Titel: Political Equilibrium: A Delicate Balance
Autor/en: Peter C. Ordeshook, K. A. Shepsle
'Studies in Public Choice'.
31. Mai 1982 - gebunden - 228 Seiten
Peter C. Ordeshook and Kenneth A. Shepsle If the inaugural date of modern economics is set at 1776 with the publication of Adam Smith's The Wealth of Nations, then the analytical tradition in the study of politics is not even a decade younger, commencing nine years later with the publication of the Marquis de Condorcet's Essai sur l'application de l'analyse iz la probabilite des decisions rendues iz la pluralite des voix. The parallel, however, stops there for, unlike Smith and other classical economists who laid an intel lectual foundation upon which a century of cumulative scientific research pro ceeded, analytical political science suffered fits and starts. Condorcet, himself, acknowledges the earlier work (predating the Essai by some fourteen years) of Borda and, from time to time during the nineteenth century, their contributions were rediscovered by Dodgson, Nanson, and other political philosophers and arithmeticians. But, by century's end, there was nothing in political science to compare to the grand edifice of general equilibrium theory in neoclassical eco nomics. Despite roots traversing two centuries, then, the analytical study of poli tics is a twentieth-century affair. The initial inspiration and insight of Condorcet was seized upon just after World War II by Duncan Black, who wrote several papers on the equilibrium properties of majority rule in specific contexts (Black, 1948a,b). He expanded upon these themes in his now deservedly famous monograph, The Theory of xi PREFACE xii Committees and Elections, and the lesser-known essay with R. A.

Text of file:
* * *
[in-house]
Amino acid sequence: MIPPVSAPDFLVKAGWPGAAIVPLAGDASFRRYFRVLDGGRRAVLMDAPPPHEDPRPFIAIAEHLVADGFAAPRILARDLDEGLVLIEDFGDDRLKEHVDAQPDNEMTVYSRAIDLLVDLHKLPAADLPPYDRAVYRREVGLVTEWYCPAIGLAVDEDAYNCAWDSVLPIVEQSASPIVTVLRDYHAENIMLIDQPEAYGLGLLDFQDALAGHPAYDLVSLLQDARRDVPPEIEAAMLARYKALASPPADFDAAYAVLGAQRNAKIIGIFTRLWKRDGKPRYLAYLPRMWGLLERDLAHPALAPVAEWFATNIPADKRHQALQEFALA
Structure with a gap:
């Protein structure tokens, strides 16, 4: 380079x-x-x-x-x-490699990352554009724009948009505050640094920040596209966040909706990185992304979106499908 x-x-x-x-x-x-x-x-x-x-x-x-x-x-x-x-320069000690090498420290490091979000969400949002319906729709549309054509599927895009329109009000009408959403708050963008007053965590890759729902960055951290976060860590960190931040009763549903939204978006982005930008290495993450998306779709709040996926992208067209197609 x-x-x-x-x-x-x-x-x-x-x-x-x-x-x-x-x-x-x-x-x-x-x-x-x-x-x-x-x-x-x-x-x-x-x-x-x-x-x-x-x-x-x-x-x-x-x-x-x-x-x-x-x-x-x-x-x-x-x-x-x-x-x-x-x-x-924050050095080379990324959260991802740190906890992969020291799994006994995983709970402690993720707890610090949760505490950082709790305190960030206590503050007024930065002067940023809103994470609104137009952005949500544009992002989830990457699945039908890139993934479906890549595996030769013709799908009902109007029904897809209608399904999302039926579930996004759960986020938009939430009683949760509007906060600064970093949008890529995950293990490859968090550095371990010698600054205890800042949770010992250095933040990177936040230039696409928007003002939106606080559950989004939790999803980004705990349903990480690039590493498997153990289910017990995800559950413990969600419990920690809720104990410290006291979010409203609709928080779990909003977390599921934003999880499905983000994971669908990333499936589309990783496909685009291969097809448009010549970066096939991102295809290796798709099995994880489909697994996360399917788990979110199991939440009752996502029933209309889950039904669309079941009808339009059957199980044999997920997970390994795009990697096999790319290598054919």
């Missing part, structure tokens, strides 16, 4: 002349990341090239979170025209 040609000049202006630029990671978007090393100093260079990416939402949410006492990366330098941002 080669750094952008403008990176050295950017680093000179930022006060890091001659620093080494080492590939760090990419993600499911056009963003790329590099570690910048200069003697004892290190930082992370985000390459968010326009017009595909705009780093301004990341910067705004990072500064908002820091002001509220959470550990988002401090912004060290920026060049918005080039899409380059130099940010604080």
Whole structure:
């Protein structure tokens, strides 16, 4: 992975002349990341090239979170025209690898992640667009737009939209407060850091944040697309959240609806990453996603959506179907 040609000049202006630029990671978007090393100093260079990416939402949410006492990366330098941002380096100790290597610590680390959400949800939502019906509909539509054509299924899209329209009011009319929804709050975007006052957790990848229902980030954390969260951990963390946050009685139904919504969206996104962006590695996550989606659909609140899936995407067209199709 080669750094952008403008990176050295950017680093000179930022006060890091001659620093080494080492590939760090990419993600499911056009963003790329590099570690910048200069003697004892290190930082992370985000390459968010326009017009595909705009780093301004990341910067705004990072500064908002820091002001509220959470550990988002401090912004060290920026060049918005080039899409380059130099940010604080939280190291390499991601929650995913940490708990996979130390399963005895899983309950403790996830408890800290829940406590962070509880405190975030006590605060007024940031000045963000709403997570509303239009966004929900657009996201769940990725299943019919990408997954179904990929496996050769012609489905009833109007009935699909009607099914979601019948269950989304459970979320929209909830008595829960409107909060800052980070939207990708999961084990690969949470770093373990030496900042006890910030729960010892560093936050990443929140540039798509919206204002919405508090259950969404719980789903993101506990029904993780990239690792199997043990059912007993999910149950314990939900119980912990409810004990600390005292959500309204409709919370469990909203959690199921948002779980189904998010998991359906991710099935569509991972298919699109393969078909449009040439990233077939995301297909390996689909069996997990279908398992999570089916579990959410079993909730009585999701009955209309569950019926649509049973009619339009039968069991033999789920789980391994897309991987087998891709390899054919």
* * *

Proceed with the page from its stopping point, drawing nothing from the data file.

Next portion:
I Equilibrium and Disequilibrium: The Conceptual Controversy Framed.
1 Implications from the Disequilibrium of Majority Rule for the Study of Institutions.
2 Political Disequilibrium and Scientific Inquiry: A Comment on William H. Riker's "Implications from the Disequilibrium of Majority Rule for the Study of Institutions".
3 An Altimeter for Mr. Escher's Stairway: A Comment on William H. Riker's "Implications from the Disequilibrium of Majority Rule for the Study of Institutions".
4 A Reply to Ordeshook and Rae.
II Alternative Views of Political Equilibrium.
5 Equilibrium, Disequilibrium, and the General Possibility of a Science of Politics.
6 The Limitations of Equilibrium Analysis in Political Science.
7 Instability and Development in the Political Economy.
8 On the Properties of Stable Decision Procedures.
9 An Experimental Test of Solution Theories for Cooperative Games in Normal Form.
III Equilibrium Analysis in Practice.
10 Political Inequality: An Economic Approach.
11 Sophisticated Voting under the Plurality Procedure.
12 The Role of Imperfections of Health Insurance in Voter Support for Safety Regulation.
13 The Entry Problem in a Political Race.
List of Contributors.